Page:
A Fire Sparks Rivalry And Suspicion In 'The Art Of Secrets'
SCOTT SIMON, HOST:
Saba Khan is a high school sophomore whose life is turned upside down in a flash - a mysterious fire that destroys her family's apartment on the North Side of Chicago. The Khans are Americans of Pakistani descent. Were they victims of a hate crime? Saba's high school rallies behind her family.
They organize an auction to help the Khans, but when a donated painting turns out to be a lot more than just garage art, rivalry and suspicion flair. "The Art of Secrets" is James Klise's new novel for young adults. His previous book, "Love Drugged," won several YA awards. He is also a high school librarian in Chicago. And he joins us from the studios of Chicago Public Media. Thanks so much for being with us.
JAMES KLISE: Well, thank you. It's great to be here.
SIMON: Saba writes - I quote her words in your book - "the fire might have been the best thing that ever happened to me." How so?
KLISE: Well, the fire creates a lot of opportunities for Saba. Not only does she become much more visible on her school campus, she starts dating a very attractive, popular, senior boy. And her Facebook page sort of explodes. And she has the potential to become wealthy because of the discovery of the artwork. So it creates opportunities for her. And when she says that, it's the very beginning of the book. The reader doesn't know what she means yet, but we find out.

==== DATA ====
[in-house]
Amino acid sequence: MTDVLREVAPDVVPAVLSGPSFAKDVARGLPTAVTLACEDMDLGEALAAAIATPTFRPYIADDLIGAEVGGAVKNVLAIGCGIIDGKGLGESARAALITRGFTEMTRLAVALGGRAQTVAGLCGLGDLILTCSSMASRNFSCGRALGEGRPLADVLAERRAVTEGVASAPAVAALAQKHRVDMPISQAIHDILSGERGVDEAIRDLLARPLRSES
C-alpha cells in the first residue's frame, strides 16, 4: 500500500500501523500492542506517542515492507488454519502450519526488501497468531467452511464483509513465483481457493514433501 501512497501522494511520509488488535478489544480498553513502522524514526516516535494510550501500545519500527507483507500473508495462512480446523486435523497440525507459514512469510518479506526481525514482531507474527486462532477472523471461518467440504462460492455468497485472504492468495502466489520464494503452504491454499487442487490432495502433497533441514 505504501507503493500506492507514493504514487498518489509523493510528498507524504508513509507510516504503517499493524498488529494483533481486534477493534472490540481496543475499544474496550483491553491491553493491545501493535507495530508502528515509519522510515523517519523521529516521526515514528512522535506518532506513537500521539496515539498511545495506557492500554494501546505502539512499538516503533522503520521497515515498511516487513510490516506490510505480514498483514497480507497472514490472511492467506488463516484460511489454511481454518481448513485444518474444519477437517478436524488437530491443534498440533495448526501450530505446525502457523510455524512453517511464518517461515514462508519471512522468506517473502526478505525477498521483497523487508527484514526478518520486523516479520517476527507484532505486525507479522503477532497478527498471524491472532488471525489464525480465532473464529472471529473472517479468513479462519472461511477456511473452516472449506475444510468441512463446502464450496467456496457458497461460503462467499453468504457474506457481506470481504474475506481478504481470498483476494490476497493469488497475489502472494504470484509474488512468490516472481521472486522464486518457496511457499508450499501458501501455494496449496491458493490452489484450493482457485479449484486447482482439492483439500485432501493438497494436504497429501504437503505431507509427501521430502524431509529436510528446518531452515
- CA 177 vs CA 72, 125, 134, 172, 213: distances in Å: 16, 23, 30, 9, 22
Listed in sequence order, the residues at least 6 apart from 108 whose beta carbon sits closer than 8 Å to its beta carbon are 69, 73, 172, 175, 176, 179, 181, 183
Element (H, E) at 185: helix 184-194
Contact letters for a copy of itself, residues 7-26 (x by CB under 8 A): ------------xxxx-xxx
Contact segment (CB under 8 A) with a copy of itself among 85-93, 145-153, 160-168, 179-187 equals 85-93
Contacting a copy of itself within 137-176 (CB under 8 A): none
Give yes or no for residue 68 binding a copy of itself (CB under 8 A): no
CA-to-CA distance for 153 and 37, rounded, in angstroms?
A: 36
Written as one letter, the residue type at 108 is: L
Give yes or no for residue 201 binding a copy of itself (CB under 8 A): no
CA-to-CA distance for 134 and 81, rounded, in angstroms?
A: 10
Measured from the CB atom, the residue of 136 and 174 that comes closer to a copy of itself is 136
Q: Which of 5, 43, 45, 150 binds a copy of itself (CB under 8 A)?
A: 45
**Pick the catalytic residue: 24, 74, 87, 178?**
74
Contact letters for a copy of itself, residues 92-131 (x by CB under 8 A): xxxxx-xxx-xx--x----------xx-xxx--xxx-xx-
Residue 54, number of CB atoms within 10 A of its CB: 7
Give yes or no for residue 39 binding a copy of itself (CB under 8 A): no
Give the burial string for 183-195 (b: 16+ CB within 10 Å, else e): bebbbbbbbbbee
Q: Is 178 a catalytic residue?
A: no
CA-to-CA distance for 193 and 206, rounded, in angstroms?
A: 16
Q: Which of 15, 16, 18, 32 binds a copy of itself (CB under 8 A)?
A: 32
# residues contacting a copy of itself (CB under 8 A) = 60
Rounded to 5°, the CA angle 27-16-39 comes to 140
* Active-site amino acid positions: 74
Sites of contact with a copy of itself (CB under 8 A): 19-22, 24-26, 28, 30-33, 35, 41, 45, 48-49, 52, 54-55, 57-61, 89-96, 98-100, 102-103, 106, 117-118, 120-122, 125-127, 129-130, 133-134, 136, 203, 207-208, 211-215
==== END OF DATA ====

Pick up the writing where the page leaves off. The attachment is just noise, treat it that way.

SIMON: By the way, you don't use a traditional, novelistic technique, but journal entries, articles, documents, text messages. What does that do?
KLISE: It's interesting. In this case, the format came first. I knew I wanted to tell the story from the point of view of a chorus. I was interested in playing around with voice and point of view. And I thought it would be fun to put the reader in the position of knowing much more than any of the individual characters could know.
Because I knew I was telling a mystery, I thought would be interesting to sort of place the burden on the reader to be aware of the big picture in a way that none of the individual characters could be.